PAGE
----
Britain’s Justice Secretary has announced that all violent male inmates claiming to be “transgender” women will be banned from female prisons from Monday.
Justice Secretary Dominic Raab said males identifying as “transgender” women incarcerated for committing violent crimes would not be allowed to be housed in women’s prisons.
The abrupt changes appear in response to “Isla Bryson,” a biological male convicted of two rapes who was sent to a women’s prison after claiming to be transgender.
The Justice Secretary argued the change would “improve safety for prisoners across England and Wales” and touted it as “common sense.”
“We are very clear that from next week we will introduce new rules which means that any trans offender with their male genitalia intact or who have been convicted of a sexual offense and, adding to that, if they have been convicted of a violent offence, they will not be allowed into the female prison estate,” he told Sky News.
Despite the ban, some transgender male prisoners will still be able to be housed in women’s prisons, with ministers given the power to sign off on allowing “transgender” males.
However, Raab claimed the changes to the prison system were not in response to the Isla Bryson scandal.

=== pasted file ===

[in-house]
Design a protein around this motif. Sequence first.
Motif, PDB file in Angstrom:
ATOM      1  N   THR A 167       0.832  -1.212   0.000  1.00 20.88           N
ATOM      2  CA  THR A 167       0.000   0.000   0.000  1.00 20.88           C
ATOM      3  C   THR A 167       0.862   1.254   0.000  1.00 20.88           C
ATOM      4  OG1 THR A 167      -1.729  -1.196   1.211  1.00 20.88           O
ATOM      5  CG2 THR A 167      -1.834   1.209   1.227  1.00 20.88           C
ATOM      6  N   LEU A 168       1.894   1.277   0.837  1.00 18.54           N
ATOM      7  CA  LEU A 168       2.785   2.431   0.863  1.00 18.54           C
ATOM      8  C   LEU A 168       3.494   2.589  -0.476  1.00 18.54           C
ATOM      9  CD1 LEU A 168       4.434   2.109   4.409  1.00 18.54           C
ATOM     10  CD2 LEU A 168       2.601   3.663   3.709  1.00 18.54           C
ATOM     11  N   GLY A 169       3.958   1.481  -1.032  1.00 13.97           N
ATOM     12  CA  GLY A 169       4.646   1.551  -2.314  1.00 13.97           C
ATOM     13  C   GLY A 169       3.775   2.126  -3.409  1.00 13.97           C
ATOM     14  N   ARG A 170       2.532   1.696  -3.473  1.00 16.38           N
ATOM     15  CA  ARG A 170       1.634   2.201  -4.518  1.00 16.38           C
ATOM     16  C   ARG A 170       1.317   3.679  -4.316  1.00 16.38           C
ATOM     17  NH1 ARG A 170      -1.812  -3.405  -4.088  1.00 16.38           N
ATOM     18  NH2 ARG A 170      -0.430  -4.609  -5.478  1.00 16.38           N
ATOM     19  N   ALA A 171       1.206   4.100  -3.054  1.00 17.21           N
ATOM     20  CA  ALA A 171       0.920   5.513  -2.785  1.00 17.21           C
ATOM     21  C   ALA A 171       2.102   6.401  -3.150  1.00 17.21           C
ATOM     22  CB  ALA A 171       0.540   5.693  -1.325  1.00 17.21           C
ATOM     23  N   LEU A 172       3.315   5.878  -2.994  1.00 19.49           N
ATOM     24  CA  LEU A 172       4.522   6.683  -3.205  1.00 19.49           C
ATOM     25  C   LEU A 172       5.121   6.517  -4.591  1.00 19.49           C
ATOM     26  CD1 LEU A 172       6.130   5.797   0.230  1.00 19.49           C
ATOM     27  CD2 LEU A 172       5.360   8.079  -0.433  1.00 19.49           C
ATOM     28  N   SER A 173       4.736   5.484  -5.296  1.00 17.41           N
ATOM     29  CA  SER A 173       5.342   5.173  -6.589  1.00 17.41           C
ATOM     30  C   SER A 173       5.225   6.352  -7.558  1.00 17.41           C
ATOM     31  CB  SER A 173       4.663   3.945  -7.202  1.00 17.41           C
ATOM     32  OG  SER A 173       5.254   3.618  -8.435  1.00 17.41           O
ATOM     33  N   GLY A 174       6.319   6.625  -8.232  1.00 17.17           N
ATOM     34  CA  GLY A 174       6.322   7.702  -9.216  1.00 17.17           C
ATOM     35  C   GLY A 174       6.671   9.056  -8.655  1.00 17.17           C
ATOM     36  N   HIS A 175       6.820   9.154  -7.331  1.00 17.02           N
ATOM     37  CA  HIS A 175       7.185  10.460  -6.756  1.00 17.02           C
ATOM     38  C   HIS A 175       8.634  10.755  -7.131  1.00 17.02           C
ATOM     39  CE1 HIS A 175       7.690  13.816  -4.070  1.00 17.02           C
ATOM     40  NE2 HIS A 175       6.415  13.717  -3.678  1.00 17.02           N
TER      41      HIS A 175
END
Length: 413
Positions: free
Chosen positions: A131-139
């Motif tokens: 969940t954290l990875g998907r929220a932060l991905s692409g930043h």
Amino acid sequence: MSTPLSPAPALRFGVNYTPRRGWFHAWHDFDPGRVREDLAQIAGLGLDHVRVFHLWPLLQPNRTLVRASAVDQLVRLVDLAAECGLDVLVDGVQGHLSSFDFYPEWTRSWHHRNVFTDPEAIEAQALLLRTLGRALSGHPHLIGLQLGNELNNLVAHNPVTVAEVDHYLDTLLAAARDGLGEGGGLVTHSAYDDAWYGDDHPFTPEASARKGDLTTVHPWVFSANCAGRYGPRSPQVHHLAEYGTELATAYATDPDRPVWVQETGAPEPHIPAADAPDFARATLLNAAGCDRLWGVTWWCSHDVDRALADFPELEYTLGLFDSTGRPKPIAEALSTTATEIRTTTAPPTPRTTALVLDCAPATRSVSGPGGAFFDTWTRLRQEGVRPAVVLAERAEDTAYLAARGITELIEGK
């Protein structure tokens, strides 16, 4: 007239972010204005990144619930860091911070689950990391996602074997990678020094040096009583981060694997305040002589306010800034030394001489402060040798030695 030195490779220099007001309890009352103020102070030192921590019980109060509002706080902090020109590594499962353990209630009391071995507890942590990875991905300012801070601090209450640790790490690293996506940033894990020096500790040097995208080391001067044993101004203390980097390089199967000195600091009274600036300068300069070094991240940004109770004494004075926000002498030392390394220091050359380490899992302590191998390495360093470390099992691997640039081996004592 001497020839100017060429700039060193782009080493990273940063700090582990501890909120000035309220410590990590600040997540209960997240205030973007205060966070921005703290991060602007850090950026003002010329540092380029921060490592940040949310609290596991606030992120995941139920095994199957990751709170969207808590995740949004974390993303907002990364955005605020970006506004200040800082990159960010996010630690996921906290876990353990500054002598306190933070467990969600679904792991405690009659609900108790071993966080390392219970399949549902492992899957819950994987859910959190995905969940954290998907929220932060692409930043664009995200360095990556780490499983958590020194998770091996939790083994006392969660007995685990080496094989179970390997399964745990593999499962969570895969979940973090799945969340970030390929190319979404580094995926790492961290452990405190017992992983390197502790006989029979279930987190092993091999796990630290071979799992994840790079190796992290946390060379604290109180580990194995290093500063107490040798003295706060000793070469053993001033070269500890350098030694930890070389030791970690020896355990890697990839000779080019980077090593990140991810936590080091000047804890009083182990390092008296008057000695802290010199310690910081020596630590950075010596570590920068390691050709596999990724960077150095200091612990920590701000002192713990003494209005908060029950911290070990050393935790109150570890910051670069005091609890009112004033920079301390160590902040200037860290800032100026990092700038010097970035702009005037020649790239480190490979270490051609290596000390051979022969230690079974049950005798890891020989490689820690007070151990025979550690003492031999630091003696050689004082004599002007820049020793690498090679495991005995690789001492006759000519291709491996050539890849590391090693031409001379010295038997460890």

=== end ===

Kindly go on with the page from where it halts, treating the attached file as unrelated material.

Bryson, born Adam Graham, was convicted of raping two women while identified as a man, while his defence claimed his transition was reason to see him acquitted of the charges.
The original plan was to house Bryson in a segregated part of a women’s prison, with the possibility of being moved into the main part of the prison.
But after the story made headlines, the suggestion was eventually shot down after members of the public expressed outrage.
Despite the backlash, Raab emphasized that the Conservative (Tory) Party remains very much pro-transgenderism.
As The Daily Mail reported, the Ministry of Justice figures show there were 230 transgender prisoners in England and Wales in the year to last March, of whom 187 had a legal gender of male and 43 of female.
Of the total, 181 were in male prisons, and 49 were in female ones. There were six trans women in women’s jails.
Previously, there was no requirement to place transgender prisoners according to their preference, with the decision down to the results of a risk assessment.